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How to help software developers and PMs like each other

Malte Scholz

Can't everyone just get along?

Yes, actually, they can!

Software developers and product managers are often at odds with each other. As two sides of the same coin, each sometimes has different plans for achieving goals, which creates conflict. Conflict, especially in a startup, is no good.

We want to eliminate conflict and align everyone with the same goals to create great products. Only then can teams collaborate effectively.

So, let’s look at why software developers and product managers struggle to work together, and how to empower them to overcome these obstacles and align their work.

Then everyone wins. Winning is good.

Why do PMs and software engineers butt heads?

Developers and product managers look at the project from different perspectives. Even for product managers who come from a development background, their success metrics are different from the development team’s.

Product managers are focused on deadlines and revenue, while developers are focused on creating the best possible product. Combine this with starkly different daily routines, and you have two crucial parts of the software project on separate paths.

For those on the outside, the goals of a product manager and the development team may seem identical, in a similar way to the idea of outputs and outcomes. The difference between outputs and outcomes are, in a sense, the same as the differences between the goals of a developer and product manager.

Developers focus on outputs: the deliverables that come together to form a product. Developers need to harness their creativity to achieve output-based goals. Outputs are a purely quantitative measure, so while they are simple to achieve, they have little impact on the business side of things.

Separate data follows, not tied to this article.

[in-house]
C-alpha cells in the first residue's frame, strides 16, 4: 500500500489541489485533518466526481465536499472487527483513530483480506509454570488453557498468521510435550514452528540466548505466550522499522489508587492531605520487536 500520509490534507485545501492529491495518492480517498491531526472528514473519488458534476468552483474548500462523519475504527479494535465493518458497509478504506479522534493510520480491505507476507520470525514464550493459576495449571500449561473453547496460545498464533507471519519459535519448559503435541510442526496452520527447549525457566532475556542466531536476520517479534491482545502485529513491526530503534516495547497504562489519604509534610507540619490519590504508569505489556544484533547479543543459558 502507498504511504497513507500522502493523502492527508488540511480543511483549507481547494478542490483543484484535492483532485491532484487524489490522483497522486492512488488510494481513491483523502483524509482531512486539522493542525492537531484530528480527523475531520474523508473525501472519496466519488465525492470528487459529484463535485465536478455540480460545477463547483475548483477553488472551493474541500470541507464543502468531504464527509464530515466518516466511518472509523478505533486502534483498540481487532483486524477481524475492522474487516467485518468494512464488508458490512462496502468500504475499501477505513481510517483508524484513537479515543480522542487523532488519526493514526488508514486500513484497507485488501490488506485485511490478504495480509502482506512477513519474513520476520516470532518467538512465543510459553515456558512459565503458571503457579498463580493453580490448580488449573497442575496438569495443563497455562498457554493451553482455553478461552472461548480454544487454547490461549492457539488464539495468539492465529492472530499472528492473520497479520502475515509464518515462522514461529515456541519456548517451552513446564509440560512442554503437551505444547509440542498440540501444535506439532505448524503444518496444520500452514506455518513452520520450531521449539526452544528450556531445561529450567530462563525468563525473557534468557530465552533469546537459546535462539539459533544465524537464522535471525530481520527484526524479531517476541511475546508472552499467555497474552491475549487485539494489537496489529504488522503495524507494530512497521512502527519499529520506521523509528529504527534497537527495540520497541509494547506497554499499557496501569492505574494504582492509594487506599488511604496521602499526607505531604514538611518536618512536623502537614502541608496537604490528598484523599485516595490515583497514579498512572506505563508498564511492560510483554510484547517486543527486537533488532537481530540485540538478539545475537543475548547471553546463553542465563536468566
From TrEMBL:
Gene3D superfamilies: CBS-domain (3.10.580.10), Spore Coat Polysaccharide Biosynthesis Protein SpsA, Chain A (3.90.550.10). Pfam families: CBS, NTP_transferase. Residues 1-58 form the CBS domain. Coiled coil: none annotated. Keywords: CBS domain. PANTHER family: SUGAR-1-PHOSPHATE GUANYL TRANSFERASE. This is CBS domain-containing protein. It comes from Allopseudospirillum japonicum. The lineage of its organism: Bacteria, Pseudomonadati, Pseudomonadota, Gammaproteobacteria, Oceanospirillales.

Product managers focus on outcomes: the objectives that the business is looking to achieve through the product. This could be increased sales, greater brand awareness, or any other business-related objective.

Outcomes are both qualitative and quantitative, which gives product managers an idea to chase and a well-defined business-related metric they need to achieve.

5 benefits of a culture of collaboration

Fostering a culture of collaboration between developers and product managers can offer real change that improves your processes and can even spread throughout the entire organization.

Let’s take a look at some of those benefits.

1. Better culture

Collaboration brings team members together to create great products. As development processes continue, teams get to know each other better and form real connections. Before long, those working on a project go from colleagues to real friends.

2. Build better products

It doesn’t take a genius to know that great products come from teams that collaborate well, including developers and product managers. The less conflict between team members, the more time can be spent creating high-quality products packed with value.

3. More agility, less friction

In a collaborative culture, teams can adapt to changes much faster than teams that struggle to work together. Teams need to work together to pivot their workflow when the software project needs it: especially agile teams!